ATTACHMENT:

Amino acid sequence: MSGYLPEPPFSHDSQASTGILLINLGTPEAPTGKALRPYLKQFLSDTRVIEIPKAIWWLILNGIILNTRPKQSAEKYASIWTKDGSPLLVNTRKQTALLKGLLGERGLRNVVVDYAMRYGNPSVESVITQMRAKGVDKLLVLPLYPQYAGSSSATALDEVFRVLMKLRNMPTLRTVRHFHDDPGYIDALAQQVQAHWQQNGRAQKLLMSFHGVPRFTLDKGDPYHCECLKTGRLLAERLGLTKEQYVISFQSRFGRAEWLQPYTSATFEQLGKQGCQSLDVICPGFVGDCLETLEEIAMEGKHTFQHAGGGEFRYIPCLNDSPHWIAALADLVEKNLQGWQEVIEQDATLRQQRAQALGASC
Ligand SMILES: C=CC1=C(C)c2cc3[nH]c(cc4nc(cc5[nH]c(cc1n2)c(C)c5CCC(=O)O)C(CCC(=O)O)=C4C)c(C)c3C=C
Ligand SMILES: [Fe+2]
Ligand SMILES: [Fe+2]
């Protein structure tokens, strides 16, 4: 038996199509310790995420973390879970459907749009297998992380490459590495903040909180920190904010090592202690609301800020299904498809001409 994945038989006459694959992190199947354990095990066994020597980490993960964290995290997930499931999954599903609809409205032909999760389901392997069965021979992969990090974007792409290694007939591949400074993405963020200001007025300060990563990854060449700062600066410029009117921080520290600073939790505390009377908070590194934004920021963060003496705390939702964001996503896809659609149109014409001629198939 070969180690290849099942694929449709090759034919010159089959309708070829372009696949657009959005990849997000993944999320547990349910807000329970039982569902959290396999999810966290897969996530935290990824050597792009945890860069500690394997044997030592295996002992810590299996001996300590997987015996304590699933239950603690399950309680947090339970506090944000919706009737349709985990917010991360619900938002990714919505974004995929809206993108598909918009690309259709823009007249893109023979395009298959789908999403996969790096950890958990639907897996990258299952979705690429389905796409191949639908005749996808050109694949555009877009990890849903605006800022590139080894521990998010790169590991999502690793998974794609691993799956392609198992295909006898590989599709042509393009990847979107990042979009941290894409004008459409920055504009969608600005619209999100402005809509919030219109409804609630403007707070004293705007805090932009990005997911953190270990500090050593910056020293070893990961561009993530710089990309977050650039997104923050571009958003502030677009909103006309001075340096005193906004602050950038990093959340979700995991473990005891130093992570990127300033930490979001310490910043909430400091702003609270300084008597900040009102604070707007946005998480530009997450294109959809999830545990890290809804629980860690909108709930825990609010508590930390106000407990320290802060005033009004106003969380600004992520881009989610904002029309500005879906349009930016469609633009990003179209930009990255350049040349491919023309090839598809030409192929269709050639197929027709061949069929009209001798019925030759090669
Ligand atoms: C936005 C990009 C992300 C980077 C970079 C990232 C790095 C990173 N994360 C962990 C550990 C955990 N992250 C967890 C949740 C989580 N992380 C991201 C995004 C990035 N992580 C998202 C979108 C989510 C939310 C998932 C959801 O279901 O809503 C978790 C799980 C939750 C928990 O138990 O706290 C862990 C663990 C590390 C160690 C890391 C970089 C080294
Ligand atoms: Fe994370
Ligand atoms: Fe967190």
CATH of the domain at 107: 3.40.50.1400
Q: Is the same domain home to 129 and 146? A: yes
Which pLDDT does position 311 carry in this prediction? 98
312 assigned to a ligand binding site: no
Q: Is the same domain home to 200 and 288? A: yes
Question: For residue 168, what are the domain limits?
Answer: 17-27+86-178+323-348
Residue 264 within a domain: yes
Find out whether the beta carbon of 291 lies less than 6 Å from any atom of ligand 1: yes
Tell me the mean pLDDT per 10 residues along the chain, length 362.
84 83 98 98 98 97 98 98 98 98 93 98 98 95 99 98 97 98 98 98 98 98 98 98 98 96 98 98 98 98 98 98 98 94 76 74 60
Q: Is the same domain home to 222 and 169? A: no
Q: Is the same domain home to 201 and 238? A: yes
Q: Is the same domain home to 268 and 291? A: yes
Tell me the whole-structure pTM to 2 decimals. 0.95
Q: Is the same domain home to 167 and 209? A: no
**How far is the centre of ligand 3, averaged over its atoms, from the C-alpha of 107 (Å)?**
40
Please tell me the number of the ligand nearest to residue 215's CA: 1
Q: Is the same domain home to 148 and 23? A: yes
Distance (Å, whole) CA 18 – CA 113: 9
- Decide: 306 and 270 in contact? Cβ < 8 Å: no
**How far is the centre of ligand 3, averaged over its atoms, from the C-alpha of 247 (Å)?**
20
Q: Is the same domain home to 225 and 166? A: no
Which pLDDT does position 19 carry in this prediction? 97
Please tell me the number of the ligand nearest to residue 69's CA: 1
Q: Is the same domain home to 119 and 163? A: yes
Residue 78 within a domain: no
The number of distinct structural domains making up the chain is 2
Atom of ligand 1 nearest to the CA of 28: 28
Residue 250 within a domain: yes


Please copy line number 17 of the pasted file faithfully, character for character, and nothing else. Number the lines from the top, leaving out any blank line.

Find out whether the beta carbon of 291 lies less than 6 Å from any atom of ligand 1: yes